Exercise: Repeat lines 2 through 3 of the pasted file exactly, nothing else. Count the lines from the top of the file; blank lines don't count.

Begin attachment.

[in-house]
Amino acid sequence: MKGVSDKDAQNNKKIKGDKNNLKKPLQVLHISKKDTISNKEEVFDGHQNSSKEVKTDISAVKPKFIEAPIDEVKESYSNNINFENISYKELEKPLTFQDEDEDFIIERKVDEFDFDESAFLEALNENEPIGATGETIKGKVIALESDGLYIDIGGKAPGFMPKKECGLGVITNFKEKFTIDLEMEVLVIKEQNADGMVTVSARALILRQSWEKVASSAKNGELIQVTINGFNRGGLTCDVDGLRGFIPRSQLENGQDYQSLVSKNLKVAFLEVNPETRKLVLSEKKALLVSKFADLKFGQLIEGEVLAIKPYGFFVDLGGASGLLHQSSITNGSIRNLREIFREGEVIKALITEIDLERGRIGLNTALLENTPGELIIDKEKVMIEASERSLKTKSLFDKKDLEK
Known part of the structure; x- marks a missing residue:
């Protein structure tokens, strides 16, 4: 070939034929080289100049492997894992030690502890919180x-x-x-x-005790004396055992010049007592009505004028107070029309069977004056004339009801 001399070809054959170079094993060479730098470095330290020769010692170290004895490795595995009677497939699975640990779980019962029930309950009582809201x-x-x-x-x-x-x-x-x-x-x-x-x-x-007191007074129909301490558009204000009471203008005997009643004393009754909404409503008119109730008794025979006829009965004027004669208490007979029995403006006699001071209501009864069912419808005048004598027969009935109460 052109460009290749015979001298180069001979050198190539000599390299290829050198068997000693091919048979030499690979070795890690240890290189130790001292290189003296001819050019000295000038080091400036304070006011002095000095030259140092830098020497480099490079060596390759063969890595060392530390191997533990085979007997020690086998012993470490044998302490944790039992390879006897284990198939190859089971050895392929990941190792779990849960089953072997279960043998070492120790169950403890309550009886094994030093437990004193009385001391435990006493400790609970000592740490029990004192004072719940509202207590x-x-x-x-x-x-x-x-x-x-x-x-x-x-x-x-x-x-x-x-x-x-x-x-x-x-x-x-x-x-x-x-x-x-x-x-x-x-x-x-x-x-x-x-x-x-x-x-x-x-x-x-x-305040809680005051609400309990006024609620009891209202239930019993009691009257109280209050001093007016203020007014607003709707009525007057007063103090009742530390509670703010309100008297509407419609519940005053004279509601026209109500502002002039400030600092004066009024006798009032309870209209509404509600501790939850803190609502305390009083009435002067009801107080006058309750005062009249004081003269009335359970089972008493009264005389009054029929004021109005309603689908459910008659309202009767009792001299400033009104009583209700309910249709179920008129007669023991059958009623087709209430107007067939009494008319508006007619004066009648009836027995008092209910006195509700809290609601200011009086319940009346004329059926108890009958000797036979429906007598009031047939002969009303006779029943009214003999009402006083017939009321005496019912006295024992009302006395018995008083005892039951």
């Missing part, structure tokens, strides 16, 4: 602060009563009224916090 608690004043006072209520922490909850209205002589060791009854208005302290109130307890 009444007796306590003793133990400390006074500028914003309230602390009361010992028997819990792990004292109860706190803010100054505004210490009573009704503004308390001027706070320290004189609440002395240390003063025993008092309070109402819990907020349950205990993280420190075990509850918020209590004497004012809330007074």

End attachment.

Amino acid sequence: MKGVSDKDAQNNKKIKGDKNNLKKPLQVLHISKKDTISNKEEVFDGHQNSSKEVKTDISAVKPKFIEAPIDEVKESYSNNINFENISYKELEKPLTFQDEDEDFIIERKVDEFDFDESAFLEALNENEPIGATGETIKGKVIALESDGLYIDIGGKAPGFMPKKECGLGVITNFKEKFTIDLEMEVLVIKEQNADGMVTVSARALILRQSWEKVASSAKNGELIQVTINGFNRGGLTCDVDGLRGFIPRSQLENGQDYQSLVSKNLKVAFLEVNPETRKLVLSEKKALLVSKFADLKFGQLIEGEVLAIKPYGFFVDLGGASGLLHQSSITNGSIRNLREIFREGEVIKALITEIDLERGRIGLNTALLENTPGELIIDKEKVMIEASERSLKTKSLFDKKDLEK
Known part of the structure; x- marks a missing residue: